1970s bullpup compared to modern life
The modern Austrian Army, the Bundesheer, was in a tough spot in the 1970s. Although Austria was officially neutral, to the East, the country shared a border with the Warsaw Pact countries of Czechoslovakia and Hungary, and to the West, it bordered NATO West Germany. In the event of World War III kicking off, the prospect of having to fight either Soviet/Warsaw Pact or US/NATO forces wishing to pass through was very real. As such, the Bundesheer used conscription to have a large force of reservists ready for war. This meant that the tiny 30,000-man force could swell to almost 300,000 in wartime. Heck a young Arnold Schwarzenegger even served his time in the ‘heer back then.
Well the thing is, 18-year old draftees in the Bundesheer prior to 1971 were given a year of initial training before being sent home to the reserves. Then, after that date, draftees were only given six months. The standard rifle of the time was the FN FAL, license built by Steyr as the Sturmgewehr 58. The FAL was a beautiful 7.62x51mm NATO standard battle rifle, but it was long (at 44-inches), heavy (at 9.5-pounds unloaded), and the average soldier needed a good bit of training to keep it running properly. With already short training times cut in half and declining numbers of healthy draftees, the Austrians needed a more efficient, compact, and easy to use rifle.
Steyr, long the supplier of rifles to the Austrian Army, submitted a prototype rifle called the AUG (standing for Armee-Universal-Gewehr—”universal army rifle”) for testing.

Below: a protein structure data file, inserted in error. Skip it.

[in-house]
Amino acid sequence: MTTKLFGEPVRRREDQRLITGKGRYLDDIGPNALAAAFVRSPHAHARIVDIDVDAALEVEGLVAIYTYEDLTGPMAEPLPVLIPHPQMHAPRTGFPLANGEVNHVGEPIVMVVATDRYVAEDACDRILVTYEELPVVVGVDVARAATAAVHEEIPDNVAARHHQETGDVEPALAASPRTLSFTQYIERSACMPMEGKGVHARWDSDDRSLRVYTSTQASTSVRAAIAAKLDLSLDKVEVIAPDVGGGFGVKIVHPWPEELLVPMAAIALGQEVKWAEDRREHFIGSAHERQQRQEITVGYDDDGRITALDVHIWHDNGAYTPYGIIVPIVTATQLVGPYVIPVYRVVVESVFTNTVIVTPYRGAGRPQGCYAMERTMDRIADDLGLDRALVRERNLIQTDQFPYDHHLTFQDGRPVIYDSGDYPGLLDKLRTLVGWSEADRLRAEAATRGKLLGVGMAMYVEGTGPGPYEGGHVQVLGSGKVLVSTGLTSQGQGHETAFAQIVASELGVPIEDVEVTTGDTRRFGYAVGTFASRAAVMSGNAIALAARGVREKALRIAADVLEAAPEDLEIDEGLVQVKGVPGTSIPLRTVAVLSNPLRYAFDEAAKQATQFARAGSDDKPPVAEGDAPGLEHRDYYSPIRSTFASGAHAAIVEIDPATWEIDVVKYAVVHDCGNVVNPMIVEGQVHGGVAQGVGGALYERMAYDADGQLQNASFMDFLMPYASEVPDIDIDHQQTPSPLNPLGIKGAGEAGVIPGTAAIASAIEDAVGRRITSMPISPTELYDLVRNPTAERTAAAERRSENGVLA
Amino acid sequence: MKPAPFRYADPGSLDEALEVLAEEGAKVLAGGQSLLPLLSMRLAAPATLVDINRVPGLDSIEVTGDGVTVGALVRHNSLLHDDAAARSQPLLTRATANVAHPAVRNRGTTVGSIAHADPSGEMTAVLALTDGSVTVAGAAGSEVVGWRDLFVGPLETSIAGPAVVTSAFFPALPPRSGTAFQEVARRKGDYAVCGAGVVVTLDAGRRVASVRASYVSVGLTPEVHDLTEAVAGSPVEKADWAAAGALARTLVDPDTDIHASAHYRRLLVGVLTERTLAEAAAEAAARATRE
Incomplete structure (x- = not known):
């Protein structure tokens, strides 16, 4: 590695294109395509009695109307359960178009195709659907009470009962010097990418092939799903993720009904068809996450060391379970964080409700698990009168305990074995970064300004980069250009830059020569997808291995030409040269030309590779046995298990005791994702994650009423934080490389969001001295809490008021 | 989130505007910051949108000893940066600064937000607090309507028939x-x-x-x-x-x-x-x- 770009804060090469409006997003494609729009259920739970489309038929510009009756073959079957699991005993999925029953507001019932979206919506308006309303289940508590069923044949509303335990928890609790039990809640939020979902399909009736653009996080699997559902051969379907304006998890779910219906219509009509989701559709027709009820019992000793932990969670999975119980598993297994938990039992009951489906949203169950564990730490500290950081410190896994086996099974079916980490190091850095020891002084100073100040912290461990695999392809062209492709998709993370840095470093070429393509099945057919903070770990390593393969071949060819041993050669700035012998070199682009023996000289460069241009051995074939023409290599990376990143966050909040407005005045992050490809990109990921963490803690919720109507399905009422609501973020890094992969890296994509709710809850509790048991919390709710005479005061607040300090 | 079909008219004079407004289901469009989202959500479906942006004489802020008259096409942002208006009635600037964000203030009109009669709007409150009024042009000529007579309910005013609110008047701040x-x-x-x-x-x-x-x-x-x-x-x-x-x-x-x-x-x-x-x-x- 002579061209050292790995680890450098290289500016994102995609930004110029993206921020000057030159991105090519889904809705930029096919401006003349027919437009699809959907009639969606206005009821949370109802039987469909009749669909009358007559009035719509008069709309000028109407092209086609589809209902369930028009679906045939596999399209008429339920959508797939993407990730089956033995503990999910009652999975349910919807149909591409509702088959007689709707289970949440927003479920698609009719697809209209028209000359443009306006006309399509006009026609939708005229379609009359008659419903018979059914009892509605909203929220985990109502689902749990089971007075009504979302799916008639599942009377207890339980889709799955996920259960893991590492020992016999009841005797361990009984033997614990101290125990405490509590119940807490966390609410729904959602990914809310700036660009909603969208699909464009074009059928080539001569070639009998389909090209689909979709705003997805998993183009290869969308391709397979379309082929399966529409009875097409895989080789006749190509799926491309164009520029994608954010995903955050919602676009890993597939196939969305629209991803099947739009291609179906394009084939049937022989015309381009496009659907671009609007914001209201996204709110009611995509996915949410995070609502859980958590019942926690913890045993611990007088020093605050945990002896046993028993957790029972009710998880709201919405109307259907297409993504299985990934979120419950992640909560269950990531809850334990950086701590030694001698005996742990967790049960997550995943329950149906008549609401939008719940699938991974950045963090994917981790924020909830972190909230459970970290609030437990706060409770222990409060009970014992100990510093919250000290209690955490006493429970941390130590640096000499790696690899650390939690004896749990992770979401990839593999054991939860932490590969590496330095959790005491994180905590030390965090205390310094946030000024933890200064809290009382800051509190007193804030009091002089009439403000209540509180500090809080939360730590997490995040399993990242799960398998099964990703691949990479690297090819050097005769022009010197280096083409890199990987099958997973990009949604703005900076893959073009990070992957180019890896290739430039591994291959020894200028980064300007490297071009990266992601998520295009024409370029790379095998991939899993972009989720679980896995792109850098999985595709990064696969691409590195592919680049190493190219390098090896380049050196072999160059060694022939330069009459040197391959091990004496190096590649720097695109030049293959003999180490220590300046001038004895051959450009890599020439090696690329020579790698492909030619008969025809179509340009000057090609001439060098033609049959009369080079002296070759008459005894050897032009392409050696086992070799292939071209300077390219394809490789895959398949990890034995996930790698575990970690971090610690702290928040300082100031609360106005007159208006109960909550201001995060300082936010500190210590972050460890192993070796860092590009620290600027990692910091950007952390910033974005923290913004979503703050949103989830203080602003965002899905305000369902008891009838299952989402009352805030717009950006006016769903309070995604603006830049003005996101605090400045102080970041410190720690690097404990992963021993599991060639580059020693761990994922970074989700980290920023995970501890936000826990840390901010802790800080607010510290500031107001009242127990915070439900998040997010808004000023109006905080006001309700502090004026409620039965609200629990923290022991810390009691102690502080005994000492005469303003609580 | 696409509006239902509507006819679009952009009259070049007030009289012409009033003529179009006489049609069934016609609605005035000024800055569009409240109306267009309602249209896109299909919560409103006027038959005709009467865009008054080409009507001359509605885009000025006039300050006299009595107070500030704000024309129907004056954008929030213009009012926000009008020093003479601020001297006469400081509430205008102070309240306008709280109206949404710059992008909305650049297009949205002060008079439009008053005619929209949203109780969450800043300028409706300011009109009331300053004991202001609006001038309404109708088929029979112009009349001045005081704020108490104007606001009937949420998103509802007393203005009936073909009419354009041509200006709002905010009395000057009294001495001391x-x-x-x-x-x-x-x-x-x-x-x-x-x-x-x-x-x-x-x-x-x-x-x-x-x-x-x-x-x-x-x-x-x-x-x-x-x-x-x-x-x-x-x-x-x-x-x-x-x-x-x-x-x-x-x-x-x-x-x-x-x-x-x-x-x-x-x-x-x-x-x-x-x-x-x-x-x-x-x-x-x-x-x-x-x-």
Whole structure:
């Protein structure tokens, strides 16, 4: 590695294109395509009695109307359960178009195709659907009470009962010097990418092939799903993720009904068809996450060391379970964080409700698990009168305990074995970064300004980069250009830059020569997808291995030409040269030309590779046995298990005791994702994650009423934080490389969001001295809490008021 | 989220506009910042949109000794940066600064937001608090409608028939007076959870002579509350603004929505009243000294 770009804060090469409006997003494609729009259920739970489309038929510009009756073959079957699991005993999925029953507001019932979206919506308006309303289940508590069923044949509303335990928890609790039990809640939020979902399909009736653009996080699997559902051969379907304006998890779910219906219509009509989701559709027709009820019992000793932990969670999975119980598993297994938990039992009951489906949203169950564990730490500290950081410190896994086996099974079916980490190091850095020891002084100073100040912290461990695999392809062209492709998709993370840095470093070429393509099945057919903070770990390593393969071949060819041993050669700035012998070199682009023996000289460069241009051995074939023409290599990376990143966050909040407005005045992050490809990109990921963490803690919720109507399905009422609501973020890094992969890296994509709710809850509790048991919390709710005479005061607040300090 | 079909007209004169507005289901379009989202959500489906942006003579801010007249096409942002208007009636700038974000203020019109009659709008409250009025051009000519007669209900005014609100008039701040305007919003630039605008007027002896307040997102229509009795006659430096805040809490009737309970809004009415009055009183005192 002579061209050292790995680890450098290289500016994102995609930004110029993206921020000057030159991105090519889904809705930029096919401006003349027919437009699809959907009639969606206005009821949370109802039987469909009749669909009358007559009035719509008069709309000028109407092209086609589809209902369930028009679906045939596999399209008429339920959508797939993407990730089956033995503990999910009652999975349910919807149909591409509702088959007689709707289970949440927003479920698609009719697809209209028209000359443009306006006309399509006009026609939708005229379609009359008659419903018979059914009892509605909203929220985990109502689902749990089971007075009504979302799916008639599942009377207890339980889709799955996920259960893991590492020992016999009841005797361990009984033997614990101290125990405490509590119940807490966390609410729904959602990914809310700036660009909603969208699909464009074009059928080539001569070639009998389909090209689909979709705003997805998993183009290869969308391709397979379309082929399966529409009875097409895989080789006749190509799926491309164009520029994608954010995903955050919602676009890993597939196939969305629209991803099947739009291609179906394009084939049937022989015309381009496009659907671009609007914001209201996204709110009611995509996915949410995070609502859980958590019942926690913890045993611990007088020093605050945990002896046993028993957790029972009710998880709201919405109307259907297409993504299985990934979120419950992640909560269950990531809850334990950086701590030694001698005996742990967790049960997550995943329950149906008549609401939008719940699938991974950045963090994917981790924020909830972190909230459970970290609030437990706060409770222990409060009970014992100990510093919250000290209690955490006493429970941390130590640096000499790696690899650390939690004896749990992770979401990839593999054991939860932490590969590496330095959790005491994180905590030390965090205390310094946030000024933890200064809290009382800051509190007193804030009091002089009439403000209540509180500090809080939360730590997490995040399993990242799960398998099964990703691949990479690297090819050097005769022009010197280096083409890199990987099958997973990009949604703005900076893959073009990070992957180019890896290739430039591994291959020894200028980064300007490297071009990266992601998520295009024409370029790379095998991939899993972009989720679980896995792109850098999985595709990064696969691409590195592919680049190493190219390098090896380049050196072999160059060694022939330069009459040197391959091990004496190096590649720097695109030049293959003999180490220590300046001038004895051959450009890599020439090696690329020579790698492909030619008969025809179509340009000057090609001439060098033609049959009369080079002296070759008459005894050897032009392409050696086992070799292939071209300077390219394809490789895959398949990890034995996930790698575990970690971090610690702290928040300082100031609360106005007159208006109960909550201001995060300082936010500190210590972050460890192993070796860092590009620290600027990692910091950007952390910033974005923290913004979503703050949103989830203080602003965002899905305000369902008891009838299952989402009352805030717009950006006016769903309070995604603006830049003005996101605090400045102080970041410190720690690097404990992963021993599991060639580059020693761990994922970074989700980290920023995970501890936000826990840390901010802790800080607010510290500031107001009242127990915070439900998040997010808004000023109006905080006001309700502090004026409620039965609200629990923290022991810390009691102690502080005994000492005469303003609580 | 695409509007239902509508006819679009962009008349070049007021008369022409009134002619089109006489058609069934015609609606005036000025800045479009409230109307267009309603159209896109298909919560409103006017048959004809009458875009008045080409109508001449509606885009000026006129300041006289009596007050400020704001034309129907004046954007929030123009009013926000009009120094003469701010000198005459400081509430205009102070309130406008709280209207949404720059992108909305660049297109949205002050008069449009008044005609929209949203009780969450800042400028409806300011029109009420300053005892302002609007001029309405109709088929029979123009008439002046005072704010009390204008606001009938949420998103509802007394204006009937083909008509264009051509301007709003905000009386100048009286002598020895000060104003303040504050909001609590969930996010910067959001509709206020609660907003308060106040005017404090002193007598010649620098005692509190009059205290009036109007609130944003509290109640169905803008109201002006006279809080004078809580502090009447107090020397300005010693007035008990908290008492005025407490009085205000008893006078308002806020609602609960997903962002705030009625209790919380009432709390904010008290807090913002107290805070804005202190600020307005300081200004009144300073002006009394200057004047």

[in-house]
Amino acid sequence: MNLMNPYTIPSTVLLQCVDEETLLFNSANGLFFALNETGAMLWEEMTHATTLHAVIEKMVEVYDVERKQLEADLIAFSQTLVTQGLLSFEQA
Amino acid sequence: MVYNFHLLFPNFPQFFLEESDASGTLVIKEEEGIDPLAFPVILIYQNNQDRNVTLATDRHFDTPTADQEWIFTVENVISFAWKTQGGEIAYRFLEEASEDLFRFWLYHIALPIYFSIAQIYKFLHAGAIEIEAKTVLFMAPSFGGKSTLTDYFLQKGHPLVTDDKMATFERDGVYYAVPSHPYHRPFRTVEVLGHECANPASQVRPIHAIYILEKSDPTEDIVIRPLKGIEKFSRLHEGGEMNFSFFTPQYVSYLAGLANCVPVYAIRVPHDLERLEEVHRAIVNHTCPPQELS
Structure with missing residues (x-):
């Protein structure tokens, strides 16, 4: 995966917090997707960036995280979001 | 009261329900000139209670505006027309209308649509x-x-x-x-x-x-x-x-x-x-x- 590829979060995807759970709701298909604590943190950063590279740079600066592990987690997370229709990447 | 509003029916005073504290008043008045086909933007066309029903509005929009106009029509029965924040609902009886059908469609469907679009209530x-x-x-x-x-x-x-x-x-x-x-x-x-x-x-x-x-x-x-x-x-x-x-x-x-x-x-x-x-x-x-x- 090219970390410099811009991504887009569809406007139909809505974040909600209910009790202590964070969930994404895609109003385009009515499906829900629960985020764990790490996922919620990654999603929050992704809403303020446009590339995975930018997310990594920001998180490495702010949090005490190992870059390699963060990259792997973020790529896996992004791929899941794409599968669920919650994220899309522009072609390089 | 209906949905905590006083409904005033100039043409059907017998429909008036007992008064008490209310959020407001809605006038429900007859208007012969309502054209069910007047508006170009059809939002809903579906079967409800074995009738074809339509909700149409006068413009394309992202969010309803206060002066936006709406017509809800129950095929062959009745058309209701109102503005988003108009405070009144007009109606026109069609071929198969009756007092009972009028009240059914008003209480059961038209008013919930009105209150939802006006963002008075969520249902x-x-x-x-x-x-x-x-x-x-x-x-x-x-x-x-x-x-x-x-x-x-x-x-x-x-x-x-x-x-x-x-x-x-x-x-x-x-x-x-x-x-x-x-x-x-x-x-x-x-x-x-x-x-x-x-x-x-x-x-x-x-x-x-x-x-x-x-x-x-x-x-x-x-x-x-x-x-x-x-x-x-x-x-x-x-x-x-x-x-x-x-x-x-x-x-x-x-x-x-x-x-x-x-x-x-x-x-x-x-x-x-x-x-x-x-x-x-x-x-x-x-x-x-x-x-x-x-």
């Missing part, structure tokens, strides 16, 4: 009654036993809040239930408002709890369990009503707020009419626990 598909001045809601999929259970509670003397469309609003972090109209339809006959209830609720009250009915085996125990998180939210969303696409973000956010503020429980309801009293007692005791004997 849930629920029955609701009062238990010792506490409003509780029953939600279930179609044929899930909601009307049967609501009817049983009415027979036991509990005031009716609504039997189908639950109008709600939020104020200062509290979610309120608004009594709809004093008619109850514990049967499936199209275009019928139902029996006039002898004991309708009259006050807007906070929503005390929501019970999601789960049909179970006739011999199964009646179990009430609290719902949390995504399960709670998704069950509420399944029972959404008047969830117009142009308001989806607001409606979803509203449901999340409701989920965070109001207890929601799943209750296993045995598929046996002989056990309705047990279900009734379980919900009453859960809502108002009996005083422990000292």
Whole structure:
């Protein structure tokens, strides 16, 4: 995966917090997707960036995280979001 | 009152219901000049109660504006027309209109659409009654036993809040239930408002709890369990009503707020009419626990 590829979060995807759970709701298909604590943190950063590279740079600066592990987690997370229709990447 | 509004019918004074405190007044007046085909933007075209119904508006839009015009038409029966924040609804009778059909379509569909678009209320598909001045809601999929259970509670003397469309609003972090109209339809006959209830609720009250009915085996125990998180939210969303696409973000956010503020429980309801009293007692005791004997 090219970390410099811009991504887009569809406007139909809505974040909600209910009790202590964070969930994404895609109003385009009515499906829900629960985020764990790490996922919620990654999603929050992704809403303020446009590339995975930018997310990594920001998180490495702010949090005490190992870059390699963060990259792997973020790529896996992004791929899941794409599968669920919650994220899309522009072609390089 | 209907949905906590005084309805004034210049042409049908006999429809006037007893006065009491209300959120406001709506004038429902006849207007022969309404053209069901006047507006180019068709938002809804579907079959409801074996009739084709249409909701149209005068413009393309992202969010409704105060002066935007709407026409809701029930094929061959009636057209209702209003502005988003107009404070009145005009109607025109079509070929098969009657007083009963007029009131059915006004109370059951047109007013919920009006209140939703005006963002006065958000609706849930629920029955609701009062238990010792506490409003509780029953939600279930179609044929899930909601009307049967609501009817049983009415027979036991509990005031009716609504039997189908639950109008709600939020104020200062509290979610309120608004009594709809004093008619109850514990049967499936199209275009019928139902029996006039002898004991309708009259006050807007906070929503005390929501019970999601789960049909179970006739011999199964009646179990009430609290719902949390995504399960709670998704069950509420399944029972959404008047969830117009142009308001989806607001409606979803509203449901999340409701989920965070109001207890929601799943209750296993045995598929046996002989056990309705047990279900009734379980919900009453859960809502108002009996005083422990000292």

From just a glance at the Steyr AUG, you can see that the gun is very different. The entire action including the chamber, slide, bolt, hammer, guide rod, magazine, cocking piece and retaining bolt are all to the rear of the trigger, hidden inside a club-shaped hollow polymer (plastic) buttstock. The only thing above and in front of the trigger is the barrel and barrel grip. Lightweight was a huge factor in the weapon’s design. Polymers were used so much that even the trigger pack except for the springs, steel bearing pins and catch hold-open was synthetic. This allowed the full-sized rifle to be just 31.1-inches long, and weighing in at 7.9-pounds. This is more than a foot shorter– not to mention a pound and a half lighter– than the FN FAL the Austrian Army used at the time. Likewise, the AUG used 30 and optional 42-round lightweight polymer magazines for the more controllable 5.56mm NATO rather than the FAL’s 20-shot 7.62mm steel boxes.
The thing is when compared to a 14.5-inch barreled M4 of today, is it really that much of a difference? The 6.36-pound M4 is just 33-inches long with the stock extended, and goes a couple inches shorter when collapsed.
Observe this shot from a recent outing for Exercise Sea Soldier ‘17 at Rabkut, Oman, with a U.S. Marine with an M4 (or M27) compared to a Royal Omani Army trooper with an AUG.
Now I have shot TAVORs and X95s as well as an L85/SA80, and they are neat, but are they really that much more compact when in use?